My Dirty Laundry

by Amber DeBarr

My Dirty Laundry

“Make good choices.” We’ve all heard that phrase, haven’t we? My mom has been telling me that since I was a kid. And now I tell my toddlers the same thing. There will always be choices. There will always be temptation. You have options. You can make a good choice. You can make a bad choice. Which is it going to be?

I know all about temptation. I know what it’s like to be lured into choices that promise more.

I know what it’s like to regret.

But I never really knew what it was like to have dirty laundry. You know, socks. Underwear. Gym shorts.

That’s right. Dirty laundry. I know where your head went. You thought I was going to relive my college years in this blog post, didn’t you?! Not quite.

But what I am going to do is recount the lesson I learned about dirty laundry. And there is one word at the root of it all. Just one word.

Perfection.

To be the best student in grade school and high school.

To be the most likely to succeed.

To be the perfect friend. Daughter. Sister.

To have the nicest home.

To have the most friends.

To be the best employee.

To be the best wife. Mother. Neighbor.

To be the best leader.

Perfection.

I grew up learning that I could do anything I put my mind to. I could have it all if I worked hard enough.

Do you know where that gets you? Well, honestly, it can get you really far. Perseverance and drive have given me a million things to be thankful for. But this concept of perfection – it has not. It has caused heartache. Let downs. Expectations of others that cannot be fulfilled. Ideal date nights that go flat. Family outings that result in tears for at least three out of four of us.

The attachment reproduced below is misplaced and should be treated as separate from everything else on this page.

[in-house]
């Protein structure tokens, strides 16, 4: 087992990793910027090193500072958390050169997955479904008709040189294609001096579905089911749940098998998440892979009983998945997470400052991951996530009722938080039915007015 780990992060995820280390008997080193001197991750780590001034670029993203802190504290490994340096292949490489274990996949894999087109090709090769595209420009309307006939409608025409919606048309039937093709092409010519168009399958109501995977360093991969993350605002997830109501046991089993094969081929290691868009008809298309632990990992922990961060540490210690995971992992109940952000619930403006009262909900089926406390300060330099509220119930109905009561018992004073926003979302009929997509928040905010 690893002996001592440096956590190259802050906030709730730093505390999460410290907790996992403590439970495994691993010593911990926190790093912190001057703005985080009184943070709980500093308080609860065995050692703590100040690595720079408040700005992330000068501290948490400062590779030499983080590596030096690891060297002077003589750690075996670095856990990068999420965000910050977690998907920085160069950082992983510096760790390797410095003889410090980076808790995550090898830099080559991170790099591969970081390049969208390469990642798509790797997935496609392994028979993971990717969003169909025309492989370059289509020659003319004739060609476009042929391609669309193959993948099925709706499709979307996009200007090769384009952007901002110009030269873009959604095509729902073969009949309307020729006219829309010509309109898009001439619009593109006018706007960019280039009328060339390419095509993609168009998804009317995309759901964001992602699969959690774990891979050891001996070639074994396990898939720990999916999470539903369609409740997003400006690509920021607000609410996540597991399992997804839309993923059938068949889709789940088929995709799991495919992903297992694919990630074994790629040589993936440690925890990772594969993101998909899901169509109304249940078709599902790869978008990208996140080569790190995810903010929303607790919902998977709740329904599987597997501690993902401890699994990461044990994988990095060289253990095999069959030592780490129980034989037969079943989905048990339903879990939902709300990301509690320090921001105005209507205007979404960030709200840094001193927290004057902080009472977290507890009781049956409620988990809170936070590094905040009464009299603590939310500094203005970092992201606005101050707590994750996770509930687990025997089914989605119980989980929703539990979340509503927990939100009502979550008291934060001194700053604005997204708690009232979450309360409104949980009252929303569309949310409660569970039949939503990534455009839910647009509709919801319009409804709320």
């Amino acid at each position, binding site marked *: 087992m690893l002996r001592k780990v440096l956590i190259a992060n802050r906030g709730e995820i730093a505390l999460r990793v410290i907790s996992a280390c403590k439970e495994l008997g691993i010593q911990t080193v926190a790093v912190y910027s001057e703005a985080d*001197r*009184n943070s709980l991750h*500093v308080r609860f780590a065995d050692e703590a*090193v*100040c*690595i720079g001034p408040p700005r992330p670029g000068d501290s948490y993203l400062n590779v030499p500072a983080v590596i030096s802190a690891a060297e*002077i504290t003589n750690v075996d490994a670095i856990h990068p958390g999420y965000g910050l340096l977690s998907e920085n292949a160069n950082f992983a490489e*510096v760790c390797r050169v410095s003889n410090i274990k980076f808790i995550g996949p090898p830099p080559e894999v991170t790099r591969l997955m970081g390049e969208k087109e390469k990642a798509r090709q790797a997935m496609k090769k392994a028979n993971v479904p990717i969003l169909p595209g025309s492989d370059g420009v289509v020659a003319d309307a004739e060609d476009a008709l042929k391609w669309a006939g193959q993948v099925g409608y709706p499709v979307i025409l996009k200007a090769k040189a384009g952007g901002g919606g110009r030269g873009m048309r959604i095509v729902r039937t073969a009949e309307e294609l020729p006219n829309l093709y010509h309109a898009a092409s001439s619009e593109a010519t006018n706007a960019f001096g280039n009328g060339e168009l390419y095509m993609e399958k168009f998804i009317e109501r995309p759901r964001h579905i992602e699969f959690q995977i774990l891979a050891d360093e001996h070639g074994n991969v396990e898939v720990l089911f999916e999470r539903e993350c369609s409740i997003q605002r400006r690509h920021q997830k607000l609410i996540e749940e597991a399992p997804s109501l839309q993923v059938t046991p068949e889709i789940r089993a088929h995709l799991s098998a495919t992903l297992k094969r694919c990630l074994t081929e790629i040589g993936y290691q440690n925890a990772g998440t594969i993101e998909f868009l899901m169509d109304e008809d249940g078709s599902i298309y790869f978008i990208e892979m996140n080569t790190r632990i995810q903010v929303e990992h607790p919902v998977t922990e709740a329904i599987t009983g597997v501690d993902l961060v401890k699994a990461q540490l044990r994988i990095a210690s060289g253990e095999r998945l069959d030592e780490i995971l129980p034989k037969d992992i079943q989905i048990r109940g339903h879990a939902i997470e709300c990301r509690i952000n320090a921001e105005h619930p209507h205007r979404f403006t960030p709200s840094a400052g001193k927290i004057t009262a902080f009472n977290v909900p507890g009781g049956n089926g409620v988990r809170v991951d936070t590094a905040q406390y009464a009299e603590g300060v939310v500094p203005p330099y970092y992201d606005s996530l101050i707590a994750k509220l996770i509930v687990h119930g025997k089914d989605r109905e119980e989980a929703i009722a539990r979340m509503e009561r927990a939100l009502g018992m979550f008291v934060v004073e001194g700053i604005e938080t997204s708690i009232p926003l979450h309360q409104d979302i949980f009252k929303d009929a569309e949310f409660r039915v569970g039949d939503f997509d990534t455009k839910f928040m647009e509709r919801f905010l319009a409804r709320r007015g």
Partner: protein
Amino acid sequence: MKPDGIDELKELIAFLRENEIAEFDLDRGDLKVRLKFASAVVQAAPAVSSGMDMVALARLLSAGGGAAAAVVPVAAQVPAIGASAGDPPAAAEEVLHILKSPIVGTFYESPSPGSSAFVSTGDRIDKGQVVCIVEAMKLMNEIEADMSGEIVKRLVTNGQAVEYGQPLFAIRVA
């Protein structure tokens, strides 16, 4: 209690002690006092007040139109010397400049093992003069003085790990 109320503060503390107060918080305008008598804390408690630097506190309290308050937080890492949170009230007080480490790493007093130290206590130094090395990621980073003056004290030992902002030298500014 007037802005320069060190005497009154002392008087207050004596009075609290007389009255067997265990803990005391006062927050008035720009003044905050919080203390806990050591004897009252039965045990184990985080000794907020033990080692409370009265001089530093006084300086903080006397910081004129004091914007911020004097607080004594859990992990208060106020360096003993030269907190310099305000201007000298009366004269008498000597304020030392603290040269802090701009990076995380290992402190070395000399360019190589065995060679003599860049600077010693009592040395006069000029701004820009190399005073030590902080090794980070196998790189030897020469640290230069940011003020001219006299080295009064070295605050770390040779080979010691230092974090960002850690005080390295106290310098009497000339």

This was my life. And it still is at times. But more often than not, I am able to redefine perfection in my mind. To realize it’s not a thing I’m trying to achieve, but instead that it is little glimmers of joy that shine through the moments of each day. I’m living in it. And it doesn’t look anything like the movies. I’ve recognized that within the four little walls of my home, perfection shows up on the face of my toddler after she’s sneaked some chocolate. Or my son telling me from the back seat of the car that he loves me. Or my husband telling me I “did good” when I remembered superhero day at school. Or my boss telling me I taught her something. Or my colleague sharing how valued I made her feel by asking her opinion. And listening to it.

And then there’s dirty laundry. Probably one of my biggest learning moments of all. When my mentor and friend walked in my house and there was dirty laundry on the floor and folded laundry on my kitchen table. She said she needed to tell me something. And in a moment where I was hoping she might recall what a great job I did at work that day, she said, “I’ve never been more proud of you. You really have grown, Amber. You let me see your dirty laundry.”

What?

I didn’t get it.

Until now.

When she saw my dirty laundry, she didn’t see what I failed to do. She saw what I did do. I played with my kids. I experienced life with my family. I chose to appreciate the life that was going on around me rather than trying to achieve perfection in areas that weren’t as important. I made good choices. No perfect house. Lots of laundry to be done. Time with my family. Giggles with the kids.

What I used to label as imperfection is now where others see the most growth in me. Where my team members see a leader they can relate to. Where my colleagues see someone who thinks differently about the work, our interactions together and our accomplishments. Where my family sees me struggle with every choice I have to make, but is the first to benefit when I get it right. Where my boss or mentor see my success with a new definition. Where I realize that dirty laundry is a good thing.

Imperfection.

Perfection.

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